Welcome to DiscGolf, home of the DiscGolf Pro/Lite mobile applications. We've created this webpage to allow our users to view and share courses, game stats etc online. This webpage supplise public information about courses, but our users may also log in to view their games/rounds, players and more stats.

DiscGolf the Sport

This information is quoted from Wikipedia.org

Disc golf is a flying disc game, as well as a precision and accuracy sport, in which individual players throw a flying disc at a target. According to the Professional DiscGolf Association, "The object of the game is to traverse a course from beginning to end in the fewest number of throws of the disc."

Basic Rules

  • Teeing Off - Play begins on each hole with each player throwing from within a designated area. At least one supporting point must be in contact with the tee at the time of release and no supporting points may be in contact with the playing surface outside of the tee.
  • Establishing Position - A thrown disc establishes a position where it first comes to rest. A disc is considered at rest once it is no longer moving as a result of the momentum imparted by the throw. If the disc comes to rest above or below the playing surface the position is directly below or above the disc. If the disc breaks in to pieces the largest piece establishes position.
  • Marking the Lie - The established position of a thrown disc on the in-bounds playing surface marks its lie. Alternatively, a mini marker may be used to mark the lie by placing it directly in front of the thrown disc on the line of play.
  • Throwing from a stance - To throw from a correct stance when the disc is released, a player must have one supporting point in contact with the playing surface on the lie. You may also not have any supporting points out of bounds, touching the marker or an object in front of your lie. After the disc is released, supporting points may come in contact with the playing surface in front of your lie except when putting. One is considered putting when inside a 10-meter radius of the target. Once a lie is inside this circle, all supporting points on the surface must stay behind the lie until after the throw is complete and you have established balance. A player shall receive a warning for the first stance violation in the round and all subsequent violations will result in a one stroke penalty and re-throw.
  • Holing Out - In disc golf, there are two types of targets; there is a basket target and an object target. To hole out on a basket target the disc must come to rest within the bottom cylinder of the basket or within the chains. A disc on top of the basket or wedged in to the side of the cage is not considered holed out. To hole out on an object target the disc must strike the designated target area on the object.
  • Out of bounds - A disc is out of bounds when it is clearly and completely surrounded by the out of bounds area. A player whose disc is out of bounds shall receive one penalty throw. The player may elect to throw next from the previous lie or a lie that is up to one meter from and perpendicular to the point where the disc crossed the out of bounds line.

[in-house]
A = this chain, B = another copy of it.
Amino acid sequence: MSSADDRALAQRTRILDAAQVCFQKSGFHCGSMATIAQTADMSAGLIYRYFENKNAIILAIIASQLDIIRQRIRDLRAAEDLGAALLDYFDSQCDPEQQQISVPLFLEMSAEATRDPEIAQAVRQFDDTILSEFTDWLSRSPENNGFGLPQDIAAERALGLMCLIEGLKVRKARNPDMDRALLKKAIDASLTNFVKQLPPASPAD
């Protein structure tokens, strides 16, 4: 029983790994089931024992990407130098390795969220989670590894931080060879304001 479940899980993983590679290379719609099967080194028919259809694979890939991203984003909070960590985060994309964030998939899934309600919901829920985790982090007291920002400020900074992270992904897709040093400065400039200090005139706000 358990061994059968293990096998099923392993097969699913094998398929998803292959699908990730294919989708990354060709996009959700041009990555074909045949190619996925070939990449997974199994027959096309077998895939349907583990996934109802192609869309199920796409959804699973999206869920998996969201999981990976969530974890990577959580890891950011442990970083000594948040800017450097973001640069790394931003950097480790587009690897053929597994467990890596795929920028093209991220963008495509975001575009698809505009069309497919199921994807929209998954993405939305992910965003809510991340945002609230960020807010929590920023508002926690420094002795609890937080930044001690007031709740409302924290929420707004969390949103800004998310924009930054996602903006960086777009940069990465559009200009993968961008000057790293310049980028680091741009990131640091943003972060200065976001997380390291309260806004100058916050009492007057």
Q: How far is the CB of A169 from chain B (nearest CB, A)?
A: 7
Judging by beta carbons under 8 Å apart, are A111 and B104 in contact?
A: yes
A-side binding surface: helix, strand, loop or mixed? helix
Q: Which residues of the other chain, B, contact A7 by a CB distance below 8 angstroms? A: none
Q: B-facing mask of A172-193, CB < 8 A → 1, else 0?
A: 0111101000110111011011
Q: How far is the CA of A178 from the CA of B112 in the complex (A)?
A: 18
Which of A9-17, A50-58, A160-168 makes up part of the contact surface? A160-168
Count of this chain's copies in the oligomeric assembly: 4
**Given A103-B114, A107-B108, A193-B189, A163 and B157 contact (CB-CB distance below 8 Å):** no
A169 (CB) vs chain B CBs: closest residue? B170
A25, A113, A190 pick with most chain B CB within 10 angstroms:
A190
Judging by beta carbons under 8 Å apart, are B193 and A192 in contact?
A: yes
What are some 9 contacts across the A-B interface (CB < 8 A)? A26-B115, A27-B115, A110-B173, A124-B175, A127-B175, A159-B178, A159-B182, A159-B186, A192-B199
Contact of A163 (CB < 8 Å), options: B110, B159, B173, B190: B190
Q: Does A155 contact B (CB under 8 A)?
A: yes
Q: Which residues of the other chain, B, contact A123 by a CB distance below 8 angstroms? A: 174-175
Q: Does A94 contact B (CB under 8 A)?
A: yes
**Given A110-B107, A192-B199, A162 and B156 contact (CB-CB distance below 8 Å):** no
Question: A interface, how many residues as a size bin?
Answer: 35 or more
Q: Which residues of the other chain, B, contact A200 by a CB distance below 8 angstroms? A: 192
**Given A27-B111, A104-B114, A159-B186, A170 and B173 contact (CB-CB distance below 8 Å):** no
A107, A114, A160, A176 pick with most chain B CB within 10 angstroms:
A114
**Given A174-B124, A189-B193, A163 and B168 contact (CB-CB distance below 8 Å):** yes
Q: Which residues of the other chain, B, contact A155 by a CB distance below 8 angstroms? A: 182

• Discs used in play - Discs used in play must meet the conditions set forth by the PDGA Technical Standards. Any disc modified to alter production to change its original flight characteristics is considered illegal; this includes discs that crack or break. A player who throws an illegal disc will receive two penalty throws without a warning.
  • Order of play - Teeing order on the first hole is determined by the order of the players on the scorecard. Teeing on subsequent holes is determined by the scores on the previous hole with the lowest score throwing first and so on. If two or more players tied on the previous hole the order is determined by the order of the players who tied on the previous hole. After all players have teed off the player farthest away from the target plays next and so on until all players have holed out.
  • Courtesy - Courtesy rules establish the proper etiquette for players on the course and violations of courtesy rules can result in penalties; the following are the basic rules of courtesy.
    • Players should not throw until they are certain the thrown disc will not distract another player or injure anyone present.
    • Players should take care to not distract other players while it is their turn.
    • Littering on the course is discouraged and considered a courtesy violation.
    • Players are expected to watch where other players' discs go and search for discs in the event they are lost.

For the complete rules of disc golf, one can read the PDGA Official Rules and Regulations.

The information above can also be found at Wikipedia.org

Scoring - Normal/Strokeplay (throwsplay for Fbgolf :)

Note! Out of bounds rules, disc get stuck in a tree, falls in water and other fringe rules are not relevant to our app. You may decide with your opponents to adhere to the PDGA rules or not, but we do not record any such information if you do. So it's totally up to you how to enforce penalties.

Strokeplay is a common form of scorekeeping in discgolf. Your score is calulated based on the hole/par for the course you play at. If you match par for any given hole your score is calculated as 0. Should you throw more than par, you score is said to be +1 etc. This is quite straight forward and in the app you can see your score calulated as total number of throws or par difference. I.e. if course par is 64 and your total was 70 it will be shown as: Par 70 (+6)